1 CHARNYI, M. B. “Zhrets bashni iz slonovoi kosti” [The priest of the ivory tower]. In Ushedshie gody: Vospominaniia i ocherki. O Lenine, Gor’kom, Lunacharskom, Maiakovskom, Al. Tolstom, Fadeeve, Arteme Veselom, Iurii Oleshe, Evgenii Petrove, Fedore Panferove, Viktore Kine, Lebedeve-Kumache [Bygone years: Reminiscences and essays. On Lenin, Gor’kii, Lunacharskii, Maiakovskii, Al. Tolstoi, Fadeev, Artem Veselyi, Iurii Olesha, Evgenii Petrov, Fedor Panferov, Viktor Kin, Lebedev-Kumach]. Moscow: Sovetskii pisatel’, 404—13.

Reprint of 1966.2 with minor changes (as 1967.3).

2 FITZPATRICK, SHEILA. The Commissariat of Enlightenment: Soviet Organization of Education and the Arts under Lunacharsky. October 1917—1921. Cambridge: Cambridge University Press, 131, 133, 136, 143, 152, 302.

Contains a few brief references to Ivanov’s involvement with Lunacharskii and Narkompros in the postrevolutionary period. Documents Lunacharskii’s attempts to secure permission for Ivanov to travel abroad and to the Northern Caucasus. Notes Ivanov’s contributions to TEO (the theatrical department of Narkompros), LITO (its literary department), and his poem to Ol’ga Kameneva upon her departure from TEO in July 1919.

3 FOSTER, LIUDMILA A. Bibliografia russkoi zarubezhnoi literatury: 1918—1968 [Bibliography of Russian literature published abroad: 1918—1968]. 2 vols. Boston: G. K. Hall, 1: 561—63.

In Russian and English. Lists writings by Ivanov published in Russian


émigré journals, collections, and books. References to Ivanov in the works of other writers can be traced through the name index. See also Gladkova, 1988.25.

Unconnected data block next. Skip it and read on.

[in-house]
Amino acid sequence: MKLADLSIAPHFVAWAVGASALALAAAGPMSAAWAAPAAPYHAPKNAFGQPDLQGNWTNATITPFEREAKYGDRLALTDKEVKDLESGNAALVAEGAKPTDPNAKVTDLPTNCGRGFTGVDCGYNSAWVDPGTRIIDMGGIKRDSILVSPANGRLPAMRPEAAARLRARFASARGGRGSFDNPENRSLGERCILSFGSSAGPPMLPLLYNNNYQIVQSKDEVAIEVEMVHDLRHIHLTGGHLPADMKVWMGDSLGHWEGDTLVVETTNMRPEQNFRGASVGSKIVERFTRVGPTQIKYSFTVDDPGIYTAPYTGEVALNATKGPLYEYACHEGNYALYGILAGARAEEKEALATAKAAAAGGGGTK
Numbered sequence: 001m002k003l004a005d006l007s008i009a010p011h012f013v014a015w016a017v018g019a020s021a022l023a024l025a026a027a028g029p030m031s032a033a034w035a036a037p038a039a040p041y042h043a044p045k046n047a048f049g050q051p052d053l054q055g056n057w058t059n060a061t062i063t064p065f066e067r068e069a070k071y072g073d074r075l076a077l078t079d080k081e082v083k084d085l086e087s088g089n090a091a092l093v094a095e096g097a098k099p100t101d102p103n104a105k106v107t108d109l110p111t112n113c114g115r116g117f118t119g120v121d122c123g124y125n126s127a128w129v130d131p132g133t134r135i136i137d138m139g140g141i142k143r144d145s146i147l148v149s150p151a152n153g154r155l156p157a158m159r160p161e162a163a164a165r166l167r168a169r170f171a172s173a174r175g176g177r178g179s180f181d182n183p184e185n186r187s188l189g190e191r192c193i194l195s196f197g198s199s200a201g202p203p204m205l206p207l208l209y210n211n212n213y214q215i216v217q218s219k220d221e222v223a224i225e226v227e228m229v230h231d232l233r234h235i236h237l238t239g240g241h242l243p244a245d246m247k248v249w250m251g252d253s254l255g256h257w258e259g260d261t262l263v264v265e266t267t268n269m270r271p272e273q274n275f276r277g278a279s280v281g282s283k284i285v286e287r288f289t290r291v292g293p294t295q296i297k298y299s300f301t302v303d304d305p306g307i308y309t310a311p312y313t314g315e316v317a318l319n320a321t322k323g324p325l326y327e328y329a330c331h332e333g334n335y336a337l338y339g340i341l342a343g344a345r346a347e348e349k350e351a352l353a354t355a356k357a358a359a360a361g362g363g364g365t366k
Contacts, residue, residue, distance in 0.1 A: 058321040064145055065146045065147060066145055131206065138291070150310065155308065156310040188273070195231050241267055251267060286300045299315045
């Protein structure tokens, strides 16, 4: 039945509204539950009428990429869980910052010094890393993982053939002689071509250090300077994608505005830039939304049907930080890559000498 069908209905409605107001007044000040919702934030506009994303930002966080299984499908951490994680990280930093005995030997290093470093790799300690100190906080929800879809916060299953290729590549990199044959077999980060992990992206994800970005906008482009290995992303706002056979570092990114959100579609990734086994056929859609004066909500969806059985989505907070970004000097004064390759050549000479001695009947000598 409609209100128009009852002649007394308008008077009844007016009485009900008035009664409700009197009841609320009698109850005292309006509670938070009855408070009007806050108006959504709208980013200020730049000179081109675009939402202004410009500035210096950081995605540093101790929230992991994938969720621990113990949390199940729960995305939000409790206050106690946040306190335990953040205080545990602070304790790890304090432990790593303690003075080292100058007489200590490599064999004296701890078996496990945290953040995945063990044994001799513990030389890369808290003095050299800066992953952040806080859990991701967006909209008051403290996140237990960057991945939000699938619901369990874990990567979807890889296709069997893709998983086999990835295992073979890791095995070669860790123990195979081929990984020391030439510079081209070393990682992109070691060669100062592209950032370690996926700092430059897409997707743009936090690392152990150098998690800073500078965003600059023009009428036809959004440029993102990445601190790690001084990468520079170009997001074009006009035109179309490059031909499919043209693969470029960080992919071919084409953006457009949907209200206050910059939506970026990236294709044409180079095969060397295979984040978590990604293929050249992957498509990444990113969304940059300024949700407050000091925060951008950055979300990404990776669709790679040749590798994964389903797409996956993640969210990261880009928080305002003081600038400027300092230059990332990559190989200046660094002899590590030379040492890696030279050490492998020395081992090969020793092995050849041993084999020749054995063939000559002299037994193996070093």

4 MANDEL’sHTAM, NADEZHDA. Vospominaniia [Memoirs]. New York: Izdatel’stvo imeni Chekhova, 161, 171, 282.

In Russian. Includes a few brief references to Ivanov. Notes the hostile reception accorded to the Acmeists in his circle, his comment about ideas no longer ruling the world in 1921 in Baku (where the Mandel’shtams visited him on their way to Georgia), and the difference between the symbolists’ and the Acmeists’ attitude to ordinary life as material for poetry. Reprinted: 1989.46. For an English translation, see Mandel’shtam, 1971.8. See also Mandel’shtam, 1972.13.

5 WEST, JAMES. Russian Symbolism: A study of Vyacheslav Ivanov and the Russian symbolist aesthetic. London: Methuen, 257 pp.

Investigates the theory of art of the symbolist movement in its post-1904 mature phase and the central question of the representation of reality in art. Combines exposition with analysis and draws parallels with Western aesthetic theories. Places Ivanov at the center of the study as the author of the most elaborate theory of art among the symbolists. Comprises three chapters. “The Nineteenth-Century Heritage” provides a selective overview of the Russian tradition of aesthetics from Belinskii to V. Solov’ev, slanted toward the questions most central to their successors. “Vyacheslav Ivanov’s Philosophy of Art” opens with a paraphrase of his essay “Dve stikhii v sovremennom simvolizme” [Two elemental forces in contemporary symbolism] (1908) and continues to survey his key concerns with the relation of art to the theory of knowledge, to communication and to reality. “The Symbolist Debate” deals with some of the main issues discussed by the symbolists: the relationship of art to life, individualism, collectivism, mystical anarchism, the theatre, and symbolism as a form of attaining and communicating knowledge. The conclusion relates the symbolist aesthetic back to the philosophy of Solov’ev and considers the connection between poetry and belief. A bibliography, including a section on works on Ivanov, and index are appended.